Medication and its Role in Mental Health

In treating patients the past six years patients always vary on their opinion of medications as being part of their treatment plan. Psychiatry is medicine and the diagnoses that are given by mental health professionals oftentimes require pharmacological treatment. Some patients believe that since they are not diagnosed with a more typical physical disease or illness such as influenza or arthritis they do not need medication and can do without it. Some patients take their medication and start feeling better and then stop taking because they believe their better on their own when it is truly the medication that is making a significant difference in their reduced symptoms. These patients will often have symptoms come back like a roaring lion.  
Medications typically used in psychiatric diagnoses include anti-depressants, SSRI's, benzodiazepenes, mood stabilizers, and anti-psychotics. Some medications are meant for a short duration while others such as mood stabilizers and anti-psychotics are required for most of a patient's life.
Schizophrenia and Bipolar are two diagnoses in which medication is required for treatment as these diagnoses are highly biological in nature and are due to chemical imbalances of the brain.  Patients can function very well when they are compliant with their medication regiment, but usually need a good support system to ensure they do.  Patients usually have false beliefs they can make it without medication and while they can survive they cannot function in day-to-day activities when they have psychotic symptoms or manic symptoms.  Mental health professionals are usually required to take classes such as psychopharmacology during their graduate programs to help them when working with a patient's primary care physician or psychiatrist.  Some patients diagnosed with depression or anxiety disorders only need prescribed medications for a short time but they must include therapy for the best proven results.  Patients suffering from anxiety it has been proven that medication and therapy have the same effect on a patient's reduced symptoms, but the combination of both has been proven to bring about reduced symptoms and stabilization than either alone.  The decision to take medication ultimately comes down to the patient and their medical provider, but patients seem to understand that if they were diagnosed with cancer medication seems "normal" vs a diagnosis in the mental health field.  
The side effects of some medications can sometimes worsen the symptoms of the disorder and scares the patient from trying a different one.  There are new medication arising with the objective of having the least side effects for patients with psychiatric disorders.  A good practice for patients is to become experts of their diagnosis, read everything there is on the diagnosis and own it and do not become the diagnosis, which is very common.  Group counseling with other patients who suffer from the same or similar diagnoses normalizes the experience for patients and they learn from one another the benefits and drawbacks of pharmacological treatment.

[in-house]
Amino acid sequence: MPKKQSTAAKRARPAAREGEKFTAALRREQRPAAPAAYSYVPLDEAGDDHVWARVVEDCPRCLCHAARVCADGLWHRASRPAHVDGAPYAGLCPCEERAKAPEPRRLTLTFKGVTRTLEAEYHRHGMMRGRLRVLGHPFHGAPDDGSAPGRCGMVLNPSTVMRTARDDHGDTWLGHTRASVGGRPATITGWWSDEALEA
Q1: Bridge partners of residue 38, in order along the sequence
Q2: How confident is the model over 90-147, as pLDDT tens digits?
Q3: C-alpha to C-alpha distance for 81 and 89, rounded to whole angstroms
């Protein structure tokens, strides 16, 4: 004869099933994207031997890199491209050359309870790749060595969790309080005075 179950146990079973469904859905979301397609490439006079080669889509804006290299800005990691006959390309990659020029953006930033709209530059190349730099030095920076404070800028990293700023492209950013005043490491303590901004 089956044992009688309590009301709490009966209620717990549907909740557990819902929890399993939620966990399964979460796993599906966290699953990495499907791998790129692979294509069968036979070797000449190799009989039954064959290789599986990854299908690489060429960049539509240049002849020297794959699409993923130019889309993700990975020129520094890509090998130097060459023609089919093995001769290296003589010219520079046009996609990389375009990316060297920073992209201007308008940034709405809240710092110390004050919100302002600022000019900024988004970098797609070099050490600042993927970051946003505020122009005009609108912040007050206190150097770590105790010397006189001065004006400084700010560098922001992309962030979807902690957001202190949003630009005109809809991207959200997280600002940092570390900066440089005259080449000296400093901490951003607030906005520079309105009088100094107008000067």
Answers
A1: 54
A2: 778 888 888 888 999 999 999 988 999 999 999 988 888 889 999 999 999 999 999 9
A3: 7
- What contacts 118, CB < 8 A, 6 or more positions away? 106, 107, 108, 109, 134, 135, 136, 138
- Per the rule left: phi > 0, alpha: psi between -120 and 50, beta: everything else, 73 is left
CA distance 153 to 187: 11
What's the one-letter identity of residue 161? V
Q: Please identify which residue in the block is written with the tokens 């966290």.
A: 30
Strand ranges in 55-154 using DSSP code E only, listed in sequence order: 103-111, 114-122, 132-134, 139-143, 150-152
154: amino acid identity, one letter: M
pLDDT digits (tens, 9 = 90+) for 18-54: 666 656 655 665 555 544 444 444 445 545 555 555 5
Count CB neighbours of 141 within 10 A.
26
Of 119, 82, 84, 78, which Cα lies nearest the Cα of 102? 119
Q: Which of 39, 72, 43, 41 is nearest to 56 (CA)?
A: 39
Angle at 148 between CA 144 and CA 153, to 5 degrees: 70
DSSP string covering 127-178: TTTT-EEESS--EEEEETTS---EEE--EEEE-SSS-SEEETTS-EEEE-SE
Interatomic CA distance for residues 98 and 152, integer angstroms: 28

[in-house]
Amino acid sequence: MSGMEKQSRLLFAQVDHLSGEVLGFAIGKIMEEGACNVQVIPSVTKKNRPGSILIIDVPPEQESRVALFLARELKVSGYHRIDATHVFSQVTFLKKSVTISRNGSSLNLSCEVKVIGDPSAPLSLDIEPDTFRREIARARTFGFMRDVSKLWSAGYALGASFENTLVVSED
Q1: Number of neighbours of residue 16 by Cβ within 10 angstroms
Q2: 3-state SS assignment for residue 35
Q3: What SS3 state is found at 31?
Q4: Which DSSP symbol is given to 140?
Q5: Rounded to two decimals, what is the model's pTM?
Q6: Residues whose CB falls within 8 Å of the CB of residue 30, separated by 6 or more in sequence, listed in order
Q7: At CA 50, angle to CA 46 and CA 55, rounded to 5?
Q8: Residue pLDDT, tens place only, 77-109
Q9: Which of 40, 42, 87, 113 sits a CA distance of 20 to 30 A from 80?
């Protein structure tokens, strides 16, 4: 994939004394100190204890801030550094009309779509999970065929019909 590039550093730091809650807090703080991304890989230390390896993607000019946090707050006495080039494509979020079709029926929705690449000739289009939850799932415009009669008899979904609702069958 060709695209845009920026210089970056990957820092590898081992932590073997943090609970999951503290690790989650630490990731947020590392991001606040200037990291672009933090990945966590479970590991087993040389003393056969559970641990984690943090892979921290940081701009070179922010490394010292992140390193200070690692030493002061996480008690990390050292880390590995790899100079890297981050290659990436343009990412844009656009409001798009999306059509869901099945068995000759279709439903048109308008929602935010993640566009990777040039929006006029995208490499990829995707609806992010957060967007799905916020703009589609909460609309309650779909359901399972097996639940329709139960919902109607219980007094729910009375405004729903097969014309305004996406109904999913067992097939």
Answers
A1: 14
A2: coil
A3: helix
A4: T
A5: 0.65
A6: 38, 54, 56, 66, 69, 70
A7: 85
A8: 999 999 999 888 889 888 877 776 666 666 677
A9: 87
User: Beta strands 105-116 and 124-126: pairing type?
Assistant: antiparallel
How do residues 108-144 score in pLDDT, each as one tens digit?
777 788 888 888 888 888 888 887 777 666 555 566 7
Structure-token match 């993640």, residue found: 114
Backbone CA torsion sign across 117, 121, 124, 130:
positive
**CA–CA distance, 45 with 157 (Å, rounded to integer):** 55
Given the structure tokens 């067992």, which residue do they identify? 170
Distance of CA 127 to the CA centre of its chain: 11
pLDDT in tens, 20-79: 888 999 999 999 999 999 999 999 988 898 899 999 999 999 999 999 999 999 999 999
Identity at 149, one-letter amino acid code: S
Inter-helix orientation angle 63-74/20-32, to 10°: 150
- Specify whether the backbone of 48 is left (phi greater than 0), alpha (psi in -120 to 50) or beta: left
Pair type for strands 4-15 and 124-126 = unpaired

A mental health professional is also an expert in various medications and the benefits they have seen in patients, but ultimately it should be a team decision including the patient, therapist, family doctor or psychiatrist, family and/or friends.  Patients think marijuana and alcohol help them when the opposite is very true.  Alcohol, marijuana, and other drugs can worsen a patient's condition and patients rationalize their using of these substitutes due to the stigma associated with psychiatric medications.  Education is key in understanding the benefits and risks associated with taking medications for psychiatric diagnoses especially when a patient might have other physical diagnoses such as migraines, fibromyalgia, cancer, etc. 

Patients have always wanted the "magic pill" and want instant symptom relief but they fail to see medication as being part of their treatment or sometimes required to function. There are several presenting problems which do not require medication. Patients with moderate depressive or anxiety symptoms can get significantly better with therapy alone. Prescribed medication is like anything in this world, it can be overly used or under used. Talking to your therapist about their opinion of medications is a good start but the ultimate decision lies with the patient unless they are in psychosis and a medical provider can force them to take medications if in a hospital setting for the patient's safety and the safety of others.

There are resources both online and offline to help patients familiarize themselves with the various medications available today. The cost of medications has been improved by the $4.00 list at their local Walmart and other pharmacies for patients whom do not have insurance. This article provides a brief overview of the use of pharmacological treatment as part of the treatment of mental disorders. Patients are always encouraged to be the one to own their diagnoses, learn what medications are available, and in the end ask every question you want. It is your health and your right to know every avenue to better health that is out there.